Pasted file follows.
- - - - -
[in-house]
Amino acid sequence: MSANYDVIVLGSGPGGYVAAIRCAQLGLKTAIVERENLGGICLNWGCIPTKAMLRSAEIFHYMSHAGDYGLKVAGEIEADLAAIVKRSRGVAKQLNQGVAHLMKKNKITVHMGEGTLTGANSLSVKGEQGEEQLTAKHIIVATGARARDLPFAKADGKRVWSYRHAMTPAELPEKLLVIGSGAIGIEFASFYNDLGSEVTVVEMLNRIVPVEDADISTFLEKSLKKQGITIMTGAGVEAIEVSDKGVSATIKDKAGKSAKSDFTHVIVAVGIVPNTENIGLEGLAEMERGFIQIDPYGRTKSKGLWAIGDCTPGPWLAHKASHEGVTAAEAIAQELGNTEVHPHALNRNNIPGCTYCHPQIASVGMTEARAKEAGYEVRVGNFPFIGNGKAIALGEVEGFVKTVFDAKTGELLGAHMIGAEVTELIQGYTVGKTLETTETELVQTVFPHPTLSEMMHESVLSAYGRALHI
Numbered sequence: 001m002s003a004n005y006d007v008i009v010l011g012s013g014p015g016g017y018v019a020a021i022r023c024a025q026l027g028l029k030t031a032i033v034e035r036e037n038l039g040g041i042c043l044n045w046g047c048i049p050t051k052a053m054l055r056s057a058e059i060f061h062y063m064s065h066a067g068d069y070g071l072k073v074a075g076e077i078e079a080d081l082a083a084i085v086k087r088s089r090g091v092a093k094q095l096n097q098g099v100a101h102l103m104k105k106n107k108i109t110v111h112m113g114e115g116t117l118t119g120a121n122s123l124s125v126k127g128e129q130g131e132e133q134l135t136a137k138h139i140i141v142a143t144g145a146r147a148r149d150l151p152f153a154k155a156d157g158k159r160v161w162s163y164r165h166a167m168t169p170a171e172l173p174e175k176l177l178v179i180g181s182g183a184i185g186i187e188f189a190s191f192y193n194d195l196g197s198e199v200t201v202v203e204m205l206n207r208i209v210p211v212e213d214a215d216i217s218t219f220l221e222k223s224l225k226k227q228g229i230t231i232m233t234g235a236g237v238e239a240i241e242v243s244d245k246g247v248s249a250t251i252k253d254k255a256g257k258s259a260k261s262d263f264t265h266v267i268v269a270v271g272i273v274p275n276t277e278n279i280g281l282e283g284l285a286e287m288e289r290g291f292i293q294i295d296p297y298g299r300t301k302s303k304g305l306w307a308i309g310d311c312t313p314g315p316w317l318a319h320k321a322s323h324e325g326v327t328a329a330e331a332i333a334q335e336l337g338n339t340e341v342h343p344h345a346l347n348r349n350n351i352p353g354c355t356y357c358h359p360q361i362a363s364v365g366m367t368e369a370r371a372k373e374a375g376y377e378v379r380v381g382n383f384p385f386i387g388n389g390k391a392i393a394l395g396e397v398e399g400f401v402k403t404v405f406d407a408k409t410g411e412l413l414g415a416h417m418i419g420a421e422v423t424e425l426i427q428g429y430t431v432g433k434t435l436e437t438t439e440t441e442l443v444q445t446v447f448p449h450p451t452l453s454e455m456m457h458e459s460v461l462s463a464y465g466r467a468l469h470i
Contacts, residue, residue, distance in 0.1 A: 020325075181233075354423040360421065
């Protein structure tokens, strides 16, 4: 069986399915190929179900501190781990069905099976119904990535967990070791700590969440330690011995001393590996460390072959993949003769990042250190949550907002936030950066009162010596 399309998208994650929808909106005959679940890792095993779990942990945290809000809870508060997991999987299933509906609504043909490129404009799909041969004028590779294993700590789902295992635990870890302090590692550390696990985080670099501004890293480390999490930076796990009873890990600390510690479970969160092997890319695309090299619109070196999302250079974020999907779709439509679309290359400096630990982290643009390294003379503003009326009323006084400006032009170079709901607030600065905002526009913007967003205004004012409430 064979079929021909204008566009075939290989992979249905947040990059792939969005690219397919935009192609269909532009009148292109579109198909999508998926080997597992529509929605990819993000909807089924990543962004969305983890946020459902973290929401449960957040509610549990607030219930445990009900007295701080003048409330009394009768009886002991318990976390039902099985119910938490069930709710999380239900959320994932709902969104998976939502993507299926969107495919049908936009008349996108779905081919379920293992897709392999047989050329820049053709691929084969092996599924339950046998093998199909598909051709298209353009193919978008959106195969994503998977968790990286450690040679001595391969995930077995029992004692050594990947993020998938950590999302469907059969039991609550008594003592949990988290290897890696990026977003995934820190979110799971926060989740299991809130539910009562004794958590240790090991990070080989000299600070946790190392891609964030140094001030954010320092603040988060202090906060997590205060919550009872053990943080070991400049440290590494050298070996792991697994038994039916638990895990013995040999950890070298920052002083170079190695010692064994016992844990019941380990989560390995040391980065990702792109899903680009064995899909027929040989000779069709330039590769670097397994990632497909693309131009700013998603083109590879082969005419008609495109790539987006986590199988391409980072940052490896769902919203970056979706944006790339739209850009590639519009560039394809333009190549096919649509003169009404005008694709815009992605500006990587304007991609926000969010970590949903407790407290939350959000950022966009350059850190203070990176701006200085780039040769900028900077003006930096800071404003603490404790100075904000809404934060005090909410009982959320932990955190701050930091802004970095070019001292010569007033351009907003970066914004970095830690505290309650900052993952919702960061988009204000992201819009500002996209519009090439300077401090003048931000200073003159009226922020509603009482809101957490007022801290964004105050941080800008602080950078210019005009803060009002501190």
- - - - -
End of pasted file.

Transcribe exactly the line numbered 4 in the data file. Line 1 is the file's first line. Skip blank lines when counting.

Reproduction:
Contacts, residue, residue, distance in 0.1 A: 020325075181233075354423040360421065